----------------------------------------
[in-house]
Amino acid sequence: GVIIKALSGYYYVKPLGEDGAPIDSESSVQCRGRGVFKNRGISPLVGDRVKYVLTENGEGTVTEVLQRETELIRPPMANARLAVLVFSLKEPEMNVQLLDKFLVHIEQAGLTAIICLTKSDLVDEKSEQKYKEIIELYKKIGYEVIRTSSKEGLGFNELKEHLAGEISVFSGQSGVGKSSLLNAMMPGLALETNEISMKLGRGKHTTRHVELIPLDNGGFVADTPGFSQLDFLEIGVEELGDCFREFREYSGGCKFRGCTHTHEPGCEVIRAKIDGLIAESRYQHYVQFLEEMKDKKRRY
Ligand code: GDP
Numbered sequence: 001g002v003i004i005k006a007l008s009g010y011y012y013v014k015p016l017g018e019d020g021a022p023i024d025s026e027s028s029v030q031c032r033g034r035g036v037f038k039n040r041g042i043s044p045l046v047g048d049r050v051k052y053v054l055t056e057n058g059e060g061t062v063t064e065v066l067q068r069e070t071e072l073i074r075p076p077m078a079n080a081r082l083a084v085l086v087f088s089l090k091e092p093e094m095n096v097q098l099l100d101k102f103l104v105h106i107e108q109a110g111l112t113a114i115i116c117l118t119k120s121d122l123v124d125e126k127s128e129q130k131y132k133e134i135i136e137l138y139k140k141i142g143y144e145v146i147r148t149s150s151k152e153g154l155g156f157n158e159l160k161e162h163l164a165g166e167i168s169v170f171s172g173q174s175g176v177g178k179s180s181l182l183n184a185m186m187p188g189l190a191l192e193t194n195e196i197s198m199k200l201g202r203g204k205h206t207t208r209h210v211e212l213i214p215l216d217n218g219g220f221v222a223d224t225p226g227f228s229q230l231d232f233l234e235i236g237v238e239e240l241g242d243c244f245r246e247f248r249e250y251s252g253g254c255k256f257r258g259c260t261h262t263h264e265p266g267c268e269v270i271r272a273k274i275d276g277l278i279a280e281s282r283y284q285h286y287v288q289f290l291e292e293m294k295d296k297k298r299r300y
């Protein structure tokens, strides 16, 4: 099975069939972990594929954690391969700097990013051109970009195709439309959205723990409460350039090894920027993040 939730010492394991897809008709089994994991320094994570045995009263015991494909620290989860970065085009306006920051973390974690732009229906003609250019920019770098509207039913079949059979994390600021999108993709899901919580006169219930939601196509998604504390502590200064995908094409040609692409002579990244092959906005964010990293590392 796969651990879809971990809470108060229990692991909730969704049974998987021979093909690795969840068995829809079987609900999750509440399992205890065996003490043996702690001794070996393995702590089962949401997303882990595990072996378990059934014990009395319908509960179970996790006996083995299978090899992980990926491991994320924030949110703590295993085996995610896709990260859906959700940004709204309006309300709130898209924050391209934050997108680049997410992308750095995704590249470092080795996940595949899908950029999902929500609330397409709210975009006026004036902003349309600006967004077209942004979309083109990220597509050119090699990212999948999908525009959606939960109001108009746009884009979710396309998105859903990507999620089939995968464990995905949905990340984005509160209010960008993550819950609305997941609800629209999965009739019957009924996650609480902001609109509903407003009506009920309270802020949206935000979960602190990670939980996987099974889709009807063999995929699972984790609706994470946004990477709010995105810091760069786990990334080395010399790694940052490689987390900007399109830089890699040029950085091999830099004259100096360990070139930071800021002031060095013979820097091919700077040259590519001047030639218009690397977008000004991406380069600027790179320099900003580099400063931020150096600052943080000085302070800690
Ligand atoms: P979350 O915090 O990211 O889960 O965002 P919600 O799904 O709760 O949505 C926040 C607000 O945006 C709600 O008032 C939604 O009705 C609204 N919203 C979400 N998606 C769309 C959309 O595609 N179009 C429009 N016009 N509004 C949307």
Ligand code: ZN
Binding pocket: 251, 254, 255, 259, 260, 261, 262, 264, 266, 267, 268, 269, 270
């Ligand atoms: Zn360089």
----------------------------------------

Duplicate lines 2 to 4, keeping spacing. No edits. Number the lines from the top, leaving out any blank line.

Amino acid sequence: GVIIKALSGYYYVKPLGEDGAPIDSESSVQCRGRGVFKNRGISPLVGDRVKYVLTENGEGTVTEVLQRETELIRPPMANARLAVLVFSLKEPEMNVQLLDKFLVHIEQAGLTAIICLTKSDLVDEKSEQKYKEIIELYKKIGYEVIRTSSKEGLGFNELKEHLAGEISVFSGQSGVGKSSLLNAMMPGLALETNEISMKLGRGKHTTRHVELIPLDNGGFVADTPGFSQLDFLEIGVEELGDCFREFREYSGGCKFRGCTHTHEPGCEVIRAKIDGLIAESRYQHYVQFLEEMKDKKRRY
Ligand code: GDP
Numbered sequence: 001g002v003i004i005k006a007l008s009g010y011y012y013v014k015p016l017g018e019d020g021a022p023i024d025s026e027s028s029v030q031c032r033g034r035g036v037f038k039n040r041g042i043s044p045l046v047g048d049r050v051k052y053v054l055t056e057n058g059e060g061t062v063t064e065v066l067q068r069e070t071e072l073i074r075p076p077m078a079n080a081r082l083a084v085l086v087f088s089l090k091e092p093e094m095n096v097q098l099l100d101k102f103l104v105h106i107e108q109a110g111l112t113a114i115i116c117l118t119k120s121d122l123v124d125e126k127s128e129q130k131y132k133e134i135i136e137l138y139k140k141i142g143y144e145v146i147r148t149s150s151k152e153g154l155g156f157n158e159l160k161e162h163l164a165g166e167i168s169v170f171s172g173q174s175g176v177g178k179s180s181l182l183n184a185m186m187p188g189l190a191l192e193t194n195e196i197s198m199k200l201g202r203g204k205h206t207t208r209h210v211e212l213i214p215l216d217n218g219g220f221v222a223d224t225p226g227f228s229q230l231d232f233l234e235i236g237v238e239e240l241g242d243c244f245r246e247f248r249e250y251s252g253g254c255k256f257r258g259c260t261h262t263h264e265p266g267c268e269v270i271r272a273k274i275d276g277l278i279a280e281s282r283y284q285h286y287v288q289f290l291e292e293m294k295d296k297k298r299r300y